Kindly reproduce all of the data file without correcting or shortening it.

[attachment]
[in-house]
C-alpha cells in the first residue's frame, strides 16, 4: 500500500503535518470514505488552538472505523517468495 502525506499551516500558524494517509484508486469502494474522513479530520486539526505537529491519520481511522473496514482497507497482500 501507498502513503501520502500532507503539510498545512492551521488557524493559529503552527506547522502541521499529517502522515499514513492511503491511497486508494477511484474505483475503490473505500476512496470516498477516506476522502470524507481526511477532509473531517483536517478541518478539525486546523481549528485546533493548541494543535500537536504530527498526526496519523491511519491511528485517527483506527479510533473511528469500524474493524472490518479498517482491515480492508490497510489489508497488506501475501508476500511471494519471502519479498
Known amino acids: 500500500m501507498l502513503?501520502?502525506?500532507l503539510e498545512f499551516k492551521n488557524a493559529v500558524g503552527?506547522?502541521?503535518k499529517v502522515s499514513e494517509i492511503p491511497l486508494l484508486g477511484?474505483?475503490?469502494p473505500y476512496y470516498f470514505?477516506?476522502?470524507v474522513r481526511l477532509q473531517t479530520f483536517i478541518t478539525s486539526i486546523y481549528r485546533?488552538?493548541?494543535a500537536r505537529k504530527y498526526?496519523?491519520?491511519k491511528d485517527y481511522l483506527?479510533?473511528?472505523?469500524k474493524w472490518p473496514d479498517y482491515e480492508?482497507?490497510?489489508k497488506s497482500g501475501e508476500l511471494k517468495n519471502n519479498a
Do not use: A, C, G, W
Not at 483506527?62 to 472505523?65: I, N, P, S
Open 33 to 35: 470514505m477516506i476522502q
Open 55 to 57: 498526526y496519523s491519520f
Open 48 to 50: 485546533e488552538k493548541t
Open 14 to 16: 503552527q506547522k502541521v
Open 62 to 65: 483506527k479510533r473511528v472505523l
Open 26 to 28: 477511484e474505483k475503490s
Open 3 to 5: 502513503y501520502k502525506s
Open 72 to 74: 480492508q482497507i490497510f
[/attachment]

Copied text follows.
[in-house]
C-alpha cells in the first residue's frame, strides 16, 4: 500500500503535518470514505488552538472505523517468495 502525506499551516500558524494517509484508486469502494474522513479530520486539526505537529491519520481511522473496514482497507497482500 501507498502513503501520502500532507503539510498545512492551521488557524493559529503552527506547522502541521499529517502522515499514513492511503491511497486508494477511484474505483475503490473505500476512496470516498477516506476522502470524507481526511477532509473531517483536517478541518478539525486546523481549528485546533493548541494543535500537536504530527498526526496519523491511519491511528485517527483506527479510533473511528469500524474493524472490518479498517482491515480492508490497510489489508497488506501475501508476500511471494519471502519479498
Known amino acids: 500500500m501507498l502513503?501520502?502525506?500532507l503539510e498545512f499551516k492551521n488557524a493559529v500558524g503552527?506547522?502541521?503535518k499529517v502522515s499514513e494517509i492511503p491511497l486508494l484508486g477511484?474505483?475503490?469502494p473505500y476512496y470516498f470514505?477516506?476522502?470524507v474522513r481526511l477532509q473531517t479530520f483536517i478541518t478539525s486539526i486546523y481549528r485546533?488552538?493548541?494543535a500537536r505537529k504530527y498526526?496519523?491519520?491511519k491511528d485517527y481511522l483506527?479510533?473511528?472505523?469500524k474493524w472490518p473496514d479498517y482491515e480492508?482497507?490497510?489489508k497488506s497482500g501475501e508476500l511471494k517468495n519471502n519479498a
Do not use: A, C, G, W
Not at 483506527?62 to 472505523?65: I, N, P, S
Open 33 to 35: 470514505m477516506i476522502q
Open 55 to 57: 498526526y496519523s491519520f
Open 48 to 50: 485546533e488552538k493548541t
Open 14 to 16: 503552527q506547522k502541521v
Open 62 to 65: 483506527k479510533r473511528v472505523l
Open 26 to 28: 477511484e474505483k475503490s
Open 3 to 5: 502513503y501520502k502525506s
Open 72 to 74: 480492508q482497507i490497510f